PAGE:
singer, and not much else. You could say I showed up
to be trained!
It was great, though, recalls Niamh. We
were in it for being in a band, but it got serious quite
quickly. We were still in rehearsals when a major record
label came to hear us, so we thought, well, we could
be on to something here.
We were a total mess back then, though,
claims Podge, and I think that was totally down
to me because I was such a rookie. I wanted to go crazy
on stage, but I didnt have the skills to keep
the music together at the same time. If Id been
boring Id have concentrated on the music, but
I didnt want to be too po-faced on stage.
Inevitably, levels of ambition and confidence grew
as the band became more proficient. Each subsequent
single release (including St Christopher
more positive responses than the previous one. In early
2008, their debut album, Carry The Meek,
was released. Within days, the band was a recipient
of the Meteor Music Hope for 2008 Award. The remainder
of 2008 was spent touring the album, getting to know
the songs inside out, and being aware of the difference
between entertainment and novelty value.
When I think about how I was at the start
says Podge. The band had such patience with me,
because at least three out of five gigs would have been
more or less shameful because of me. Yes, there would
have been an element of entertainment at the same time,
but now, personally, Id rather be good musically
and not shambolically entertaining. We never wanted
to be a laughing stock...
Fast-forward to 2010 and the release of The Naturist
and 'Oh-Oh, the first two single from Ham Sandwichs
second album "White Fox", highlights the classic
intertwining vocal wordplay from Niamh and Podge and
driven by D'Arcy's anthemic guitar playing thus marking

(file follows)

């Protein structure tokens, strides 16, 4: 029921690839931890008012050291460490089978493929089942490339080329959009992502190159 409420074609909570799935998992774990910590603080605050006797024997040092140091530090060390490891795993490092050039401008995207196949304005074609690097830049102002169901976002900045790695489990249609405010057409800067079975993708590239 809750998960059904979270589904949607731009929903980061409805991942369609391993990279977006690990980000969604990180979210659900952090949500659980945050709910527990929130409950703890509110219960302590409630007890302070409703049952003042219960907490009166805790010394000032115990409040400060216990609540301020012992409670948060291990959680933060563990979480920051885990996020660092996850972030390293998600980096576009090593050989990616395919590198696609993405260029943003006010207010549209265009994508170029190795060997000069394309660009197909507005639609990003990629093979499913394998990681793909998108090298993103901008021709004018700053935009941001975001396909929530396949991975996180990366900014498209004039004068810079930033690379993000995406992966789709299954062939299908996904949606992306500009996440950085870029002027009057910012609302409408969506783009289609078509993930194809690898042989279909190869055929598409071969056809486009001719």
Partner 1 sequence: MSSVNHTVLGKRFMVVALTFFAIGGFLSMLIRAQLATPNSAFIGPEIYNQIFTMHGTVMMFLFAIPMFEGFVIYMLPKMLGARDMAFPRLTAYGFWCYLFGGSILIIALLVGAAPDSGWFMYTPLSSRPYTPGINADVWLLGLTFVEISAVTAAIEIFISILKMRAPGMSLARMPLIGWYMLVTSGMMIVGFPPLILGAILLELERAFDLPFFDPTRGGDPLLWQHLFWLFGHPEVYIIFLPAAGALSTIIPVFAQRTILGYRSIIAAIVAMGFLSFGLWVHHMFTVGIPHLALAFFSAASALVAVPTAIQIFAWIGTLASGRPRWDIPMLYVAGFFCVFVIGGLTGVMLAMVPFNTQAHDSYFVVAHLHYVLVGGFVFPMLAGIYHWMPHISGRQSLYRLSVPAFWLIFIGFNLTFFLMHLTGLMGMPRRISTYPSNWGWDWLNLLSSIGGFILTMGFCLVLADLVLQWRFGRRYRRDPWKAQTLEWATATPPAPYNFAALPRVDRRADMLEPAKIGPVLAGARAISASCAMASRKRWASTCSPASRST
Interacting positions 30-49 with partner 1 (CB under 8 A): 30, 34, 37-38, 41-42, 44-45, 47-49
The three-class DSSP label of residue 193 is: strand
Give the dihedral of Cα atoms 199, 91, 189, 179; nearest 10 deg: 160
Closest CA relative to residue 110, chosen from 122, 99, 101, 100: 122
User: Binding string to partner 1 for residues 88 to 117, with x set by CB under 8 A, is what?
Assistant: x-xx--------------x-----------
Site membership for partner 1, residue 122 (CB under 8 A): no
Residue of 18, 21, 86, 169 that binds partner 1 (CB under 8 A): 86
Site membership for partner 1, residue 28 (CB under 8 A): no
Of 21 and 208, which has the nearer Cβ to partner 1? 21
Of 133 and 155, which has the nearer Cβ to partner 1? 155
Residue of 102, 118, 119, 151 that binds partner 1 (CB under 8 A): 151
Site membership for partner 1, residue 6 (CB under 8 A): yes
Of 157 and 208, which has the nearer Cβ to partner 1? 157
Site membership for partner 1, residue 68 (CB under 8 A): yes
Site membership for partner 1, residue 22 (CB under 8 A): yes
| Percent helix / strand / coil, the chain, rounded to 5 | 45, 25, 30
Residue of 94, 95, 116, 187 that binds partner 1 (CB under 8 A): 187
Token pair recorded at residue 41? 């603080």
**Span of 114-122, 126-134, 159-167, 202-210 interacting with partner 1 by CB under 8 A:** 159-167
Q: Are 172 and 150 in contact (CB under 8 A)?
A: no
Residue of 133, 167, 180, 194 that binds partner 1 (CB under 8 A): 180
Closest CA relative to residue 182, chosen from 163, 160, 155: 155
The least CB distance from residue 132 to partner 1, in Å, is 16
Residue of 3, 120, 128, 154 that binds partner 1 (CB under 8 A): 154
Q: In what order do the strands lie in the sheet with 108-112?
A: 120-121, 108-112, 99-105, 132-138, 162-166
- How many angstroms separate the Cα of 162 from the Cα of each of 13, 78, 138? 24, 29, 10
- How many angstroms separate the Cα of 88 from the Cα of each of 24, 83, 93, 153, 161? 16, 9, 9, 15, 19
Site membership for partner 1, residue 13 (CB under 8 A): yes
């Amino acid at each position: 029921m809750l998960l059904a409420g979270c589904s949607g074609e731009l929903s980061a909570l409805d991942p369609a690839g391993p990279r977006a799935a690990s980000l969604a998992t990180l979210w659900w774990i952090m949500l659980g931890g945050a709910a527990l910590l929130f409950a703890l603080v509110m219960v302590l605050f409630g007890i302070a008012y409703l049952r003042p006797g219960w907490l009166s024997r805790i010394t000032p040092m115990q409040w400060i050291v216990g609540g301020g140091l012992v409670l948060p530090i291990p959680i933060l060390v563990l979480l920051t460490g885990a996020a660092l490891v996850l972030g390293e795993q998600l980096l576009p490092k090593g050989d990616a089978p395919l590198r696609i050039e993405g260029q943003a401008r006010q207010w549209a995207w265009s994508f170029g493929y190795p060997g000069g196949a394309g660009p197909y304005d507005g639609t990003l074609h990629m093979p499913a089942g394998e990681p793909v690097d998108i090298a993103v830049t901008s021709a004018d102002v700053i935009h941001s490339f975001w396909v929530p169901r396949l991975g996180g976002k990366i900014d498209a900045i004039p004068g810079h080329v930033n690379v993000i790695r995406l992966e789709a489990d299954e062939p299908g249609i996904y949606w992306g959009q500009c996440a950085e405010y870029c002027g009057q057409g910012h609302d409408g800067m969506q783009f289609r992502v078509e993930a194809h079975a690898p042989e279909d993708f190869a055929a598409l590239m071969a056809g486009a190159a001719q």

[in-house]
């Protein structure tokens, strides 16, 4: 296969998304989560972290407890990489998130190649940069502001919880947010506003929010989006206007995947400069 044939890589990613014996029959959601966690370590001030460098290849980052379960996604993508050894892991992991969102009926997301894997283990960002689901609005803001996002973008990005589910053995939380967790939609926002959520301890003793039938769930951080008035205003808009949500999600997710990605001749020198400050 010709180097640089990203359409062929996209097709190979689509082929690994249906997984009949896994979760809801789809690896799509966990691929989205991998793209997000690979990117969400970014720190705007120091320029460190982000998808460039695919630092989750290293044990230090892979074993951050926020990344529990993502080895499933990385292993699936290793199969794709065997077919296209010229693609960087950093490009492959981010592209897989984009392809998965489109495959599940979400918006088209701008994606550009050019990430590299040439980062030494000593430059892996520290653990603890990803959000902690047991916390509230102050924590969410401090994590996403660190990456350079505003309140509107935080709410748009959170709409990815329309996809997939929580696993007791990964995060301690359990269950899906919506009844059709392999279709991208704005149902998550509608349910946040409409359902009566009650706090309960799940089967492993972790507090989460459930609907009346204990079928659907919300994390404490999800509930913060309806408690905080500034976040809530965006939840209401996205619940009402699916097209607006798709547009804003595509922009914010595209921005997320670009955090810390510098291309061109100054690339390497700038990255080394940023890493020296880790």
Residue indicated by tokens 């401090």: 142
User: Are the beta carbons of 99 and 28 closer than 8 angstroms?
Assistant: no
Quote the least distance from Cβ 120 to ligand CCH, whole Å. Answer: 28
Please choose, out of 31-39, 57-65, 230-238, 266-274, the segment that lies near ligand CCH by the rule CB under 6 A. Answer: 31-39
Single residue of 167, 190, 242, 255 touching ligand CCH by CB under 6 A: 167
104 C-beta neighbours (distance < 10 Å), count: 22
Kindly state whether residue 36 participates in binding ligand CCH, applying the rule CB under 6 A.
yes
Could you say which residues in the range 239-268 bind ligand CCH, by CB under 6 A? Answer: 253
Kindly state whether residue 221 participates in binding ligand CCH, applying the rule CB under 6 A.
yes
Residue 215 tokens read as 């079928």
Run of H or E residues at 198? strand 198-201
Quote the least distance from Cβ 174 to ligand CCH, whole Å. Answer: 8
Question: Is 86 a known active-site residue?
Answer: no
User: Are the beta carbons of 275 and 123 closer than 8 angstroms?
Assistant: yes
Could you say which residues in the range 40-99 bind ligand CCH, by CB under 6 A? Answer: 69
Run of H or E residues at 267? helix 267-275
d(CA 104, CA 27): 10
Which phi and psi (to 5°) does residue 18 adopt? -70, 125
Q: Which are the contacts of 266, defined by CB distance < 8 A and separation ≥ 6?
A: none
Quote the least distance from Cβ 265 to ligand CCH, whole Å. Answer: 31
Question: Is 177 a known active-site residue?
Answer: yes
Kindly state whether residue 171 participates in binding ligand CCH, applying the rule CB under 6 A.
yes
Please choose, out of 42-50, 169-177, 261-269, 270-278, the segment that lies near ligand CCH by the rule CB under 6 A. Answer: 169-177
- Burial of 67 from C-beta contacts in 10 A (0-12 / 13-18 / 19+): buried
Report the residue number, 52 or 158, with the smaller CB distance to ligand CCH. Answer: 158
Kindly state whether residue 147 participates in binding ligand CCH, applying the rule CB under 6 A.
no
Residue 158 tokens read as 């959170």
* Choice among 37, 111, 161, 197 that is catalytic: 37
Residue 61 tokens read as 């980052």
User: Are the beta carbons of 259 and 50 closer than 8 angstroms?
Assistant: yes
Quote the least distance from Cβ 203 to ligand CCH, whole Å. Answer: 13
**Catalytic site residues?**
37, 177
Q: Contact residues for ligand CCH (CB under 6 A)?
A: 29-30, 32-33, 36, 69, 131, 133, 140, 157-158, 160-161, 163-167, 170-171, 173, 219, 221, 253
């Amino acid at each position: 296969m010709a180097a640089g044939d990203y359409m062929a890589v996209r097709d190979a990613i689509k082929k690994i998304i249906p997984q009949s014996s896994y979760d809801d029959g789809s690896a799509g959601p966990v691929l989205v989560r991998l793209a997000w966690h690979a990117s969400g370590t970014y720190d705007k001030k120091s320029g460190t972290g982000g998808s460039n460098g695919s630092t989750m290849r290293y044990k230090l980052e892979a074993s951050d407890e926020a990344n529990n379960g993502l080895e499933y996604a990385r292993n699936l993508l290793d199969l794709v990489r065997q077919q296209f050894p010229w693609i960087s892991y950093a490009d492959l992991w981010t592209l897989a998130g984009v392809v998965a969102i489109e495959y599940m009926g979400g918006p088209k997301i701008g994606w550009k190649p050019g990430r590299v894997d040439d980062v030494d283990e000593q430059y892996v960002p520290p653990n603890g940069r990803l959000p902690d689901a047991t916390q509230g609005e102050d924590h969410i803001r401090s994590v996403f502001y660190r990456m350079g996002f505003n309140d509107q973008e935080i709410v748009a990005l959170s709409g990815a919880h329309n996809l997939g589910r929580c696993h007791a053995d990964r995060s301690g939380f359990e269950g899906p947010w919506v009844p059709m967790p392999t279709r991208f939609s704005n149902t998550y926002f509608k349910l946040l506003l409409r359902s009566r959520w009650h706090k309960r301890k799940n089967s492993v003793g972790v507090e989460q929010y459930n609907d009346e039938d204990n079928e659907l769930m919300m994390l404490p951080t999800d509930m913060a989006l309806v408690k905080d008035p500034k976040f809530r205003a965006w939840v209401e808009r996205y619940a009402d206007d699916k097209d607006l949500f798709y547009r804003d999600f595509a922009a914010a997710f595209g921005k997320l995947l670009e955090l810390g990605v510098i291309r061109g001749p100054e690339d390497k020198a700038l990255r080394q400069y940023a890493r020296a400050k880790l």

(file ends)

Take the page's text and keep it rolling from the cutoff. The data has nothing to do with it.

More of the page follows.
a soaring return from one of Ireland's most popular
Launched in Dublin's The Button Factory last October
channelling the kind of pop smarts that most bands would
sell their souls for, White Fox is a new
chapter in the bands creative life: the application
of even more craft with a double helping of musical
eloquence. And theres more of this in the pipeline.
With Carry The Meek, says Podge,
some of the structures of the songs are fine,
but theres repetition there. With the songs for
the new album we wanted to be more crafted, more influential,
perhaps. The one thing Im happy with already is
that I dont think the second album will be anywhere
like our first. At the same time, its more grown
up, with a little bit more sophistication. The first
album was practically all electric guitar; the new album
is more musically varied and not for the sake
of it, either. Its just that were getting
our heads around different instruments. Its a
natural evolvement, and more texture is no harm.
Weve definitely grown up since Carry
The Meek, maintains Niamh. In terms
of all of us getting involved in the song writing process
and, I suppose, just maturing as people. Making the
song structures more interesting is crucial for both
the listener and the band, because it holds the attention